Quantcast

Advertisement

FRS NFL

Chiefs’ HC Reid deserves credit for building a winner without Charles

When teams have a top-five player at any position, they try to build around him. He’s the main focus of everything that the team does, and the rest of the team is built to support him. As such, he’s the one guy you don’t want to lose to injury.

It looked like that was how the Kansas City Chiefs were built. Jamaal Charles, in his prime, was usually the best or the second best RB on any given Sunday. He could run between the tackles, break off huge runs outside, and even catch the ball out of the backfield.

As with most teams built around running backs, the Chiefs worked to build up a solid defense to support him. Top picks like safety Eric Berry were intrinsic to this process. You’re not throwing up 40 points very often as a run-focused team, so the defense needs to be stout.

They also brought in a smart QB who doesn’t need to air it out 50 times a game to win. Alex Smith is usually good for about 25 pass attempts and 200 yards. And he’s completely fine with that. He’s happy throwing screen passes and doesn’t need to bomb away down the field. It’s not a style that could be used by everyone. It fits perfectly in Kansas City.

So, with all that considered, it would make sense that an injury to Charles would be completely devastating. It would make it so the team could no longer compete. After all, they’d be a team without an identity, built around a guy who wasn’t on the field.

But that hasn’t happened. It looked like it did, at first, when Charles got hurt last year. The Chiefs were briefly listless and lost. But then they kicked it into gear, won 11 straight, and won in the playoffs for the first time in two decades.

October 16, 2016 - Oakland, CA, USA - Kansas City Chiefs running back Jamaal Charles celebrates his first down to the two yard line in the first quarter against the Oakland Raiders on Sunday, Oct. 16, 2016 at O.co Coliseum in Oakland, Calif (Photo by John Sleezer/Zuma Press/Icon Sportswire)

October 16, 2016 – Oakland, CA, USA – Kansas City Chiefs running back Jamaal Charles celebrates his first down to the two yard line in the first quarter against the Oakland Raiders on Sunday, Oct. 16, 2016 at O.co Coliseum in Oakland, Calif (Photo by John Sleezer/Zuma Press/Icon Sportswire)

This year, it’s been more of the same. Charles is technically back, but he’s incredibly limited. He had two carries in his first game back. He got seven in his second, and his first TD, but then swelling in his knee limited him to just one run for no yards against the Saints.

And still, the Chiefs are winning. They’re 4-2, certainly still in play in the AFC West. They technically trail Oakland and Denver at 5-2, but they largely control their own fate there and are only behind because they’ve not played as many games.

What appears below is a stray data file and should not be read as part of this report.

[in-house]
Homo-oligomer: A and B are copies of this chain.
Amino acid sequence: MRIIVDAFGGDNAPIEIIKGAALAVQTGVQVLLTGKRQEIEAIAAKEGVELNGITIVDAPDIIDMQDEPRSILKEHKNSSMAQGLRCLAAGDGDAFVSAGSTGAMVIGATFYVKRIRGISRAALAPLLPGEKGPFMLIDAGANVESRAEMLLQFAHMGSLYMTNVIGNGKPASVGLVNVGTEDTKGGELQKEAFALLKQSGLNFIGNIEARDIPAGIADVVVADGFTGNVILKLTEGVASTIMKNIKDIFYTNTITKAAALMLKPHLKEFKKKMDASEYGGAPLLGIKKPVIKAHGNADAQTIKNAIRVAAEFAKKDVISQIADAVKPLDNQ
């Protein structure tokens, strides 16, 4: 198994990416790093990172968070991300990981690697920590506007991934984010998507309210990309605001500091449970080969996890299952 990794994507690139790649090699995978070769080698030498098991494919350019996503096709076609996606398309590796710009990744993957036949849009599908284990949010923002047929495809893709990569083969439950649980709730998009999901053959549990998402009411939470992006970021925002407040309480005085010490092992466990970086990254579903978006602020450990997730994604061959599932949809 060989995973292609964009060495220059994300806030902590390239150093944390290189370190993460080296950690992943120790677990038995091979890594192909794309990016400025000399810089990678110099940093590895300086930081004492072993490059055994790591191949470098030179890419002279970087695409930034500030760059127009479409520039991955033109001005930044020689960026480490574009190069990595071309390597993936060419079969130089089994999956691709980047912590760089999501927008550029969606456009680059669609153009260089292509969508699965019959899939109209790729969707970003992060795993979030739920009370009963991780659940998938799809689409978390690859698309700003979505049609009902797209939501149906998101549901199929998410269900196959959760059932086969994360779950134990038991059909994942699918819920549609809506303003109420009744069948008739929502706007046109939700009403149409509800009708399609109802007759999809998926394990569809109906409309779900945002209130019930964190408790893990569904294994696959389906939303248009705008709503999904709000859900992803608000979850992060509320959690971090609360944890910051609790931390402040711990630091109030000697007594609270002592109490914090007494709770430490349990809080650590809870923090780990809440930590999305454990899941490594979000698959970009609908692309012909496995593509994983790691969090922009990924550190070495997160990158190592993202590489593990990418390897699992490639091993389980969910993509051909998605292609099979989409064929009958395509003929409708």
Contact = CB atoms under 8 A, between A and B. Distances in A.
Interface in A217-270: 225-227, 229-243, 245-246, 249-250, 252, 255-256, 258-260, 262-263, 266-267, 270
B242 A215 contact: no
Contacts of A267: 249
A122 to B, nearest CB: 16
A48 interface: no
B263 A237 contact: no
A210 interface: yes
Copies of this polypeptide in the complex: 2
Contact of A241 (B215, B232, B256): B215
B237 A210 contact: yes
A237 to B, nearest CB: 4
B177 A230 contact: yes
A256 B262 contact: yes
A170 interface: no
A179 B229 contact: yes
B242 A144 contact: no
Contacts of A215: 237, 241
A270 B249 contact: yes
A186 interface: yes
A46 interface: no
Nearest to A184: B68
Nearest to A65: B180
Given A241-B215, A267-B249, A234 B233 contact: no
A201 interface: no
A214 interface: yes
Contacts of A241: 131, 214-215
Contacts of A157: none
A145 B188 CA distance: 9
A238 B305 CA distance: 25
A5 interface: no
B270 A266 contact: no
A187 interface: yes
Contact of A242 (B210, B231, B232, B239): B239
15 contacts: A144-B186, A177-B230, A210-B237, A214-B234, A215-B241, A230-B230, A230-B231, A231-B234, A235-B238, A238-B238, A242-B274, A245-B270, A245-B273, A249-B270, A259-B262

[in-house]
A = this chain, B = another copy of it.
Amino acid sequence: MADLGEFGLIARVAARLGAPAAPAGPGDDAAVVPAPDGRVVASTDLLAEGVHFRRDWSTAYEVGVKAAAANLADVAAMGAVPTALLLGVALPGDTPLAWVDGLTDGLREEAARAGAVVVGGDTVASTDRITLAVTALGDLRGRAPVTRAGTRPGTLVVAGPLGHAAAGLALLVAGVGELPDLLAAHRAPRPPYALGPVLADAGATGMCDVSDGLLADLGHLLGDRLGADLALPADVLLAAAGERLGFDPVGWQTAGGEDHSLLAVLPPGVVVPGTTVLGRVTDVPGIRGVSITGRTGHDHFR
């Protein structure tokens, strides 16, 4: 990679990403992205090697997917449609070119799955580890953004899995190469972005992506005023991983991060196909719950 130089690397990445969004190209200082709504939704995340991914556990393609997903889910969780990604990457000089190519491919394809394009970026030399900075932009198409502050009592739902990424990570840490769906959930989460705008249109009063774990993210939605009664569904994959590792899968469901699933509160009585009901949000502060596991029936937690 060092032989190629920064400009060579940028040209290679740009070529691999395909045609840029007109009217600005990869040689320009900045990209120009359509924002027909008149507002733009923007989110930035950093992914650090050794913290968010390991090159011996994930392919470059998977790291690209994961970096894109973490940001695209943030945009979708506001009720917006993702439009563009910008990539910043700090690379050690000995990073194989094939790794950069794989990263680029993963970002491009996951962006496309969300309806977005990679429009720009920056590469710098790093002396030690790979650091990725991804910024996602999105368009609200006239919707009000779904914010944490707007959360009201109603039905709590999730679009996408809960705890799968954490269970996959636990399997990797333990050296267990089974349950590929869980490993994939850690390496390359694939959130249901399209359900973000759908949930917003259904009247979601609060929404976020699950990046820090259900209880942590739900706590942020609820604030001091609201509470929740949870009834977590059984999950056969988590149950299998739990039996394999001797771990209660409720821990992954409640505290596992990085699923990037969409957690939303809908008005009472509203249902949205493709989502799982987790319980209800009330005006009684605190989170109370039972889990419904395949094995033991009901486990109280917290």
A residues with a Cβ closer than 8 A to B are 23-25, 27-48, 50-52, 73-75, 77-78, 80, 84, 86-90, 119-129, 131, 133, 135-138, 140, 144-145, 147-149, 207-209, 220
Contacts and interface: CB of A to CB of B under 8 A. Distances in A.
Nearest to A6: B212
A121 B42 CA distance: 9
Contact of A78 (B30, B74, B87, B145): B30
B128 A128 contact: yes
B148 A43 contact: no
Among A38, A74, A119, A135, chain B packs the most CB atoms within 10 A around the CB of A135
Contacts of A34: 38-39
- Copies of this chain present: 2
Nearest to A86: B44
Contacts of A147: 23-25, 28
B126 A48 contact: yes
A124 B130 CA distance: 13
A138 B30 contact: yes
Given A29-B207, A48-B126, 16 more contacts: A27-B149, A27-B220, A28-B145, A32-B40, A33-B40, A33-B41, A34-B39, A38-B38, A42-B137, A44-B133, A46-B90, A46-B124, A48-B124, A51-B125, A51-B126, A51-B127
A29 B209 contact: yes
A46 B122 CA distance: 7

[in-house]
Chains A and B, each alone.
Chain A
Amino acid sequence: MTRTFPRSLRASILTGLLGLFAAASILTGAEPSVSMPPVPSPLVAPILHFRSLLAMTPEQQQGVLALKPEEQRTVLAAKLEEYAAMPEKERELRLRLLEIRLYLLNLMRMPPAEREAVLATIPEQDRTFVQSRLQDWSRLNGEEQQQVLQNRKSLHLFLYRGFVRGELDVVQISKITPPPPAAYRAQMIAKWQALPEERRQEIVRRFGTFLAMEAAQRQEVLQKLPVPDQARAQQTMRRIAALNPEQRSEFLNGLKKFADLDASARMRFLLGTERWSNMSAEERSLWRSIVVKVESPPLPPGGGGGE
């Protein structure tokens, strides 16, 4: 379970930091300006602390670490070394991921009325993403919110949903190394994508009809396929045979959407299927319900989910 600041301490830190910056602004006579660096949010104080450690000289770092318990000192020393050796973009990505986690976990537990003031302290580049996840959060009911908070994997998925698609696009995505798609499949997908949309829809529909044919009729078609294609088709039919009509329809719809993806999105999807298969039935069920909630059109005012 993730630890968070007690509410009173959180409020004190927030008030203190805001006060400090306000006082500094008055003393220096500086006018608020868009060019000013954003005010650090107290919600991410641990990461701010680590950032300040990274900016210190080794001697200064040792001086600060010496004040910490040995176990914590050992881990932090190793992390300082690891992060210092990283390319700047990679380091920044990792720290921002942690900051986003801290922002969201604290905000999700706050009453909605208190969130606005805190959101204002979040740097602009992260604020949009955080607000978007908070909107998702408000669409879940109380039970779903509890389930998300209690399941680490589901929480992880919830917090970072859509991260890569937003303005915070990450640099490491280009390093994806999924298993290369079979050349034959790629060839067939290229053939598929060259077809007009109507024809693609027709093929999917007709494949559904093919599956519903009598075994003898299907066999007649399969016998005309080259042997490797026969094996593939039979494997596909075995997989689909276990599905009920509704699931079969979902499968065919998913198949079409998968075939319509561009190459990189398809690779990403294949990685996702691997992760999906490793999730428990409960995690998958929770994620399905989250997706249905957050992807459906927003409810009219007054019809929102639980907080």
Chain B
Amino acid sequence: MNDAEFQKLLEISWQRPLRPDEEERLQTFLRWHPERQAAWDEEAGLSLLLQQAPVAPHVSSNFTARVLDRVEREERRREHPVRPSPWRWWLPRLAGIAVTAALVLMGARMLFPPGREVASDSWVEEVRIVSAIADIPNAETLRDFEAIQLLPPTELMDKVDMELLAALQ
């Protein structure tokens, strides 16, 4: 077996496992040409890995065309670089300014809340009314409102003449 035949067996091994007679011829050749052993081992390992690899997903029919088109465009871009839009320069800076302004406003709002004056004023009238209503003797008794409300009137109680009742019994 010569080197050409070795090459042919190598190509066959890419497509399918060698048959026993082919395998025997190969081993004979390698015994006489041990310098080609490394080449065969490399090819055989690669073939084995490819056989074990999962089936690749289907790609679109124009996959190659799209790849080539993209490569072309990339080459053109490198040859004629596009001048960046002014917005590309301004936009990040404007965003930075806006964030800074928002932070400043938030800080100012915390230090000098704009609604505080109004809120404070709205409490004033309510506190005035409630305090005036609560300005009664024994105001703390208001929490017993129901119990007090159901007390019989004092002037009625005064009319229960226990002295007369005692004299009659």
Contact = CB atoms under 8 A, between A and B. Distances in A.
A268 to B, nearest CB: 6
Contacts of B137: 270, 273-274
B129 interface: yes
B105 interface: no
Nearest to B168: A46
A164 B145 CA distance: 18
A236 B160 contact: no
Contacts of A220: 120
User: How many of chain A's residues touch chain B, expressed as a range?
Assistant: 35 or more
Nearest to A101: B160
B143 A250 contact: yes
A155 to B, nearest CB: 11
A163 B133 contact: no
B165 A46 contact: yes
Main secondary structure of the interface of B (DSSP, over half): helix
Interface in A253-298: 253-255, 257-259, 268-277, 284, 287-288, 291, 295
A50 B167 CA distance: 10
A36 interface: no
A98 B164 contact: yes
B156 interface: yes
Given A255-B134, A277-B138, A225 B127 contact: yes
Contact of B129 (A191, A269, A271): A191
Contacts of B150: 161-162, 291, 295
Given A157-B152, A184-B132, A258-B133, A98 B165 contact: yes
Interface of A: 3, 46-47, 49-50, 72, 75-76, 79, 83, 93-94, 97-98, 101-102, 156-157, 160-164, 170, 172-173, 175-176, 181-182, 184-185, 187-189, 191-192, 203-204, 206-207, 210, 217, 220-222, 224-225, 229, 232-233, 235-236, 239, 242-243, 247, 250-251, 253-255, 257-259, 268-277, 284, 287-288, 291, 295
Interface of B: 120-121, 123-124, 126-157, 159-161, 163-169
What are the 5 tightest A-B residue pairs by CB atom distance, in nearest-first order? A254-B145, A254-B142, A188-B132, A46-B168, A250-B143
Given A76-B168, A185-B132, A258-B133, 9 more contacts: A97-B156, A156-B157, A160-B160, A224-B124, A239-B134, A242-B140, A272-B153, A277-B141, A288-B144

Why? Because of this roster. Because of the way head coach Andy Reid has been able to get production without his best player. Instead of allowing it to ruin the season, he’s just shifting things around and he has found other ways to get stats and points.

It’s something that too often goes overlooked. It’s not hard to coach a guy with elite talent, at least as far as his on-field production goes. He’s going to make plays. He’s going to look good.

But to get production from the depth players that keeps the team not only competitive but on top? That’s a lot harder.

Against the Saints, RB Spencer Ware had 131 yards from scrimmage and a TD. The Chiefs are flexible with how they use him, letting him carry the ball as the main RB or catch passes out of the backfield. They don’t care how he gets his numbers. They just put him in a position to get them.

Ware is a former sixth-round pick. A guy who was cut by Seattle. Who was a practice squad player in Kansas City. He didn’t even make the active roster until halfway through 2015.

That’s not to knock Ware, who has been great. He already has 492 yards, which is more than the 403 he put up last season. He certainly looks like he can carry the team until Charles is ready to go. But it’s not like he was a highly coveted commodity. That makes what he’s done even more impressive.

It also makes the future bright for the Chiefs. Charles is nearly 30 years old and this thing may be coming to an end. When it does, though, the Chiefs aren’t going to be sunk, without enough talent or any identity. They’ve already proven that, as great as Charles has been, they’re just fine without him.

Advertisement

Recommended

Smack Apparel

Smack Apparel
To Top